- Saki’s “Gabriel-Earnest” for a neat werewolf tale mixed with clueless Englishmen.
- “Red Reign” by Kim Newman – again a novella, but soooo brilliant, perfectly pitched and darkly imagined.
- Oh and what the hell, Le Fanu’s “Camilla” – because, Le Fanu! Vampire woman!
Science fiction anthologies tend to be either thematic-space opera, galactic empires, sword and sorcery, cyberpunk, steampunk, splatterpunk-or devoted to a specific period of time-best of the year, best of the decade. For historical perspective, I enjoy anthologies which cover specific eras in the field: Brian W. Aldiss & Harry Harrison’s Decade the 40s / 50s / 60s and Isaac Asimov & Martin Greenberg’s The Mammoth Book of [Classic / Golden Age / Vintage / New World / Fantastic] Science Fiction, which examined novellas from the 1930s through the 1970s, are two good examples.
A period which has never been examined, but which was seminal in the development of modern science fiction, was the New Wave era, running roughly from the mid-1960s through the mid 1970s. Detractors claimed it vanished at that point, but supporters, including myself, realize that its influence has been embedded in most science fiction ever since. The 1980s’ Cyberpunk movement could not have existed without the New Wave movement (and certainly without the influence of Samuel R. Delany, one of the most important writers of the New Wave).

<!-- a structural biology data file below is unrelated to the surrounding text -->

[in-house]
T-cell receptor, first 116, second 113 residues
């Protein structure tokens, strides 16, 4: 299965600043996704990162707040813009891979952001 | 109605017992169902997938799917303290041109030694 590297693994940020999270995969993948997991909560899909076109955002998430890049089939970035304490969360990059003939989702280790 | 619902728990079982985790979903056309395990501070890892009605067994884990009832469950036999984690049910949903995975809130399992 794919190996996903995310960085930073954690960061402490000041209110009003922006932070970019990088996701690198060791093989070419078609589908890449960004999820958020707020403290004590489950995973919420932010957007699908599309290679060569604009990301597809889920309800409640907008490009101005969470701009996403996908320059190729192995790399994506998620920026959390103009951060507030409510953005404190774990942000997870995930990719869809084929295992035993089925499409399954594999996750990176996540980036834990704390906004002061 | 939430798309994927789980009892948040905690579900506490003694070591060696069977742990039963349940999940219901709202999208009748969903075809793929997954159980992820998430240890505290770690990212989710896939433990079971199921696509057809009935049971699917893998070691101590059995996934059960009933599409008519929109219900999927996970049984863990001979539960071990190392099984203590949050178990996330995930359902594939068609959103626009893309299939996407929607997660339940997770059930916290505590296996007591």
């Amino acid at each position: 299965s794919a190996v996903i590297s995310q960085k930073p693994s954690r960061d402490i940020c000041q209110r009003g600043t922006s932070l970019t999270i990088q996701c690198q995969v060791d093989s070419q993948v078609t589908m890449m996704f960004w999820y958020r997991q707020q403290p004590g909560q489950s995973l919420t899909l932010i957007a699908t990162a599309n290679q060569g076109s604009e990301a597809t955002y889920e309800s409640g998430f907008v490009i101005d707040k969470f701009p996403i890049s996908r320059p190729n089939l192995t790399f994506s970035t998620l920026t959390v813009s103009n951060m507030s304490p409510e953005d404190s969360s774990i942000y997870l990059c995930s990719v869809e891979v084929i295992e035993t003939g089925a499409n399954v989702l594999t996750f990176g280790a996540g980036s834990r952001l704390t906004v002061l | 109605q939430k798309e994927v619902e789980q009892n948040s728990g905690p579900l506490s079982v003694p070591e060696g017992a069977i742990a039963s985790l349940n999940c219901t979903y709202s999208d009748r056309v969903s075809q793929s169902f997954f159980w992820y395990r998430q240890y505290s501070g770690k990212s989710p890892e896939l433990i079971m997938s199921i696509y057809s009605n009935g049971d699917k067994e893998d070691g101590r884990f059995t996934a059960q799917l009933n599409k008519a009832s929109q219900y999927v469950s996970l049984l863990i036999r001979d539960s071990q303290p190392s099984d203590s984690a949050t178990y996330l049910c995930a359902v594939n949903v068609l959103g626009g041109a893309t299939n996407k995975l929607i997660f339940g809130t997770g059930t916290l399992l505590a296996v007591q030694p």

Here are the contents of a virtual New Wave Retrospective anthology. It contains authors who were seminal in its creation, those who first became popular during it, and those who were obviously influenced by it (some of whom actually pre-dated the New Wave, but whose post-1960s fiction showed obvious influences of it).
Part One: the Precursers
- “Total Environment” by Brian W. Aldiss
- “The Voices of Time” by J.G. Ballard
- “Riders of the Purple Wage” by Philip José Farmer
- “Behold the Man” by Michael Moorcock
- “The Dead Lady of Clown Town” by Cordwainer Smith
Part Two: The New Wave Writers